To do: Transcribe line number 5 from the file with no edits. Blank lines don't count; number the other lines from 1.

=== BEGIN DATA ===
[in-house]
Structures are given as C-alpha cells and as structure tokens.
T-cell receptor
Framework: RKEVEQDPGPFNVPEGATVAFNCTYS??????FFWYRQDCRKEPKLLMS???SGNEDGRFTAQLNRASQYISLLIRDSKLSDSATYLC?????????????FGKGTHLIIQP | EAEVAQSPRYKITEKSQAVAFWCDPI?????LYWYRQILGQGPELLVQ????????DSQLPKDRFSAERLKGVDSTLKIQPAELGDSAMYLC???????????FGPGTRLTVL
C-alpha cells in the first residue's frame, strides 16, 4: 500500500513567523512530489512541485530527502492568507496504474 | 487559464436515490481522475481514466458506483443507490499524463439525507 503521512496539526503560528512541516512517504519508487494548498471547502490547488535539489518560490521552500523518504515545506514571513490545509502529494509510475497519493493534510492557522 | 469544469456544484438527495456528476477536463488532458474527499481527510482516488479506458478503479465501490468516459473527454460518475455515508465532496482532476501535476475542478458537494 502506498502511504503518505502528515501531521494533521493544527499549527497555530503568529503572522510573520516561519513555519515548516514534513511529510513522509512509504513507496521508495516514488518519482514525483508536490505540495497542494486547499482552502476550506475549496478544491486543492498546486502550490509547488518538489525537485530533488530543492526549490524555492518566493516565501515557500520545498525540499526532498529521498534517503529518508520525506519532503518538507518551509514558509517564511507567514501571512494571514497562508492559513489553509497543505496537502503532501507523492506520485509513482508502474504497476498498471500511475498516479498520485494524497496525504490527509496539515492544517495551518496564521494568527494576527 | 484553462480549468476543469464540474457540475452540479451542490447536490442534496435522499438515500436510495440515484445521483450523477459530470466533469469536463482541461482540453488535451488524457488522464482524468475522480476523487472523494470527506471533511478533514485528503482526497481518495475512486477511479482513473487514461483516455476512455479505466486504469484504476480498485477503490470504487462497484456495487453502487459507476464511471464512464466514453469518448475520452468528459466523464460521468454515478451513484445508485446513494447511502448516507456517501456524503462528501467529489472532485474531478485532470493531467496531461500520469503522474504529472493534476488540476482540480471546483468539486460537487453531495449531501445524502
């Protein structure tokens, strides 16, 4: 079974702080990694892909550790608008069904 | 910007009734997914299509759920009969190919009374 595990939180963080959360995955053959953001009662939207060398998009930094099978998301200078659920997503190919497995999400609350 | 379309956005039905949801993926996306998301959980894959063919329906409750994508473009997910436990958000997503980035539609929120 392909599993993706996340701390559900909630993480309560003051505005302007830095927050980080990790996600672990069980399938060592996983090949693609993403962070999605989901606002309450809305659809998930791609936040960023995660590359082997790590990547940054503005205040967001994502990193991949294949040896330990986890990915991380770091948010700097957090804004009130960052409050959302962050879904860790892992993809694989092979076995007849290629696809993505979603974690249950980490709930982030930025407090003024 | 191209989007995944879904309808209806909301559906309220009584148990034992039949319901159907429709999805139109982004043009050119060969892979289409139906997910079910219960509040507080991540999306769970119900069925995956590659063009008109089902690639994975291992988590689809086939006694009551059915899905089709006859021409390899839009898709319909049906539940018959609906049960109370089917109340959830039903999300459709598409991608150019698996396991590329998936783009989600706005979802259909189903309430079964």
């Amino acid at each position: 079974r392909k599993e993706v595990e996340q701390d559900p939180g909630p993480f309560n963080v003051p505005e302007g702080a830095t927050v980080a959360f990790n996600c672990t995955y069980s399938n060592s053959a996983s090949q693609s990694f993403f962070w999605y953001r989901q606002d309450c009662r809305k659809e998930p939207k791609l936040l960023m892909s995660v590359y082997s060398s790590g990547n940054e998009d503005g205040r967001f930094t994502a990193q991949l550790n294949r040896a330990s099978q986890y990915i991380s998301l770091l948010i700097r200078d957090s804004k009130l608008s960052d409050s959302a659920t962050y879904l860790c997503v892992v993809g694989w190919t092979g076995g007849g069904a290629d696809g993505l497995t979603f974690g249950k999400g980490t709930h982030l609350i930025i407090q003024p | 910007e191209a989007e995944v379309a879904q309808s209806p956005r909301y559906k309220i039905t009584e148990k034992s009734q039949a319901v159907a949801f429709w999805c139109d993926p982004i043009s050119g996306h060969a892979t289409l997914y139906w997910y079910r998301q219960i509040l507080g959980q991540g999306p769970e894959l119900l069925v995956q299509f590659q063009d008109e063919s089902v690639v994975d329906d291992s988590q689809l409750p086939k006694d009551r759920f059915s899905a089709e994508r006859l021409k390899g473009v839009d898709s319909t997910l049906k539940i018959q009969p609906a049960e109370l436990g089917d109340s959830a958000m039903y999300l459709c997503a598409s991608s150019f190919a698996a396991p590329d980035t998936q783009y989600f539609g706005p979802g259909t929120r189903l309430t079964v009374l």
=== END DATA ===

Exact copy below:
C-alpha cells in the first residue's frame, strides 16, 4: 500500500513567523512530489512541485530527502492568507496504474 | 487559464436515490481522475481514466458506483443507490499524463439525507 503521512496539526503560528512541516512517504519508487494548498471547502490547488535539489518560490521552500523518504515545506514571513490545509502529494509510475497519493493534510492557522 | 469544469456544484438527495456528476477536463488532458474527499481527510482516488479506458478503479465501490468516459473527454460518475455515508465532496482532476501535476475542478458537494 502506498502511504503518505502528515501531521494533521493544527499549527497555530503568529503572522510573520516561519513555519515548516514534513511529510513522509512509504513507496521508495516514488518519482514525483508536490505540495497542494486547499482552502476550506475549496478544491486543492498546486502550490509547488518538489525537485530533488530543492526549490524555492518566493516565501515557500520545498525540499526532498529521498534517503529518508520525506519532503518538507518551509514558509517564511507567514501571512494571514497562508492559513489553509497543505496537502503532501507523492506520485509513482508502474504497476498498471500511475498516479498520485494524497496525504490527509496539515492544517495551518496564521494568527494576527 | 484553462480549468476543469464540474457540475452540479451542490447536490442534496435522499438515500436510495440515484445521483450523477459530470466533469469536463482541461482540453488535451488524457488522464482524468475522480476523487472523494470527506471533511478533514485528503482526497481518495475512486477511479482513473487514461483516455476512455479505466486504469484504476480498485477503490470504487462497484456495487453502487459507476464511471464512464466514453469518448475520452468528459466523464460521468454515478451513484445508485446513494447511502448516507456517501456524503462528501467529489472532485474531478485532470493531467496531461500520469503522474504529472493534476488540476482540480471546483468539486460537487453531495449531501445524502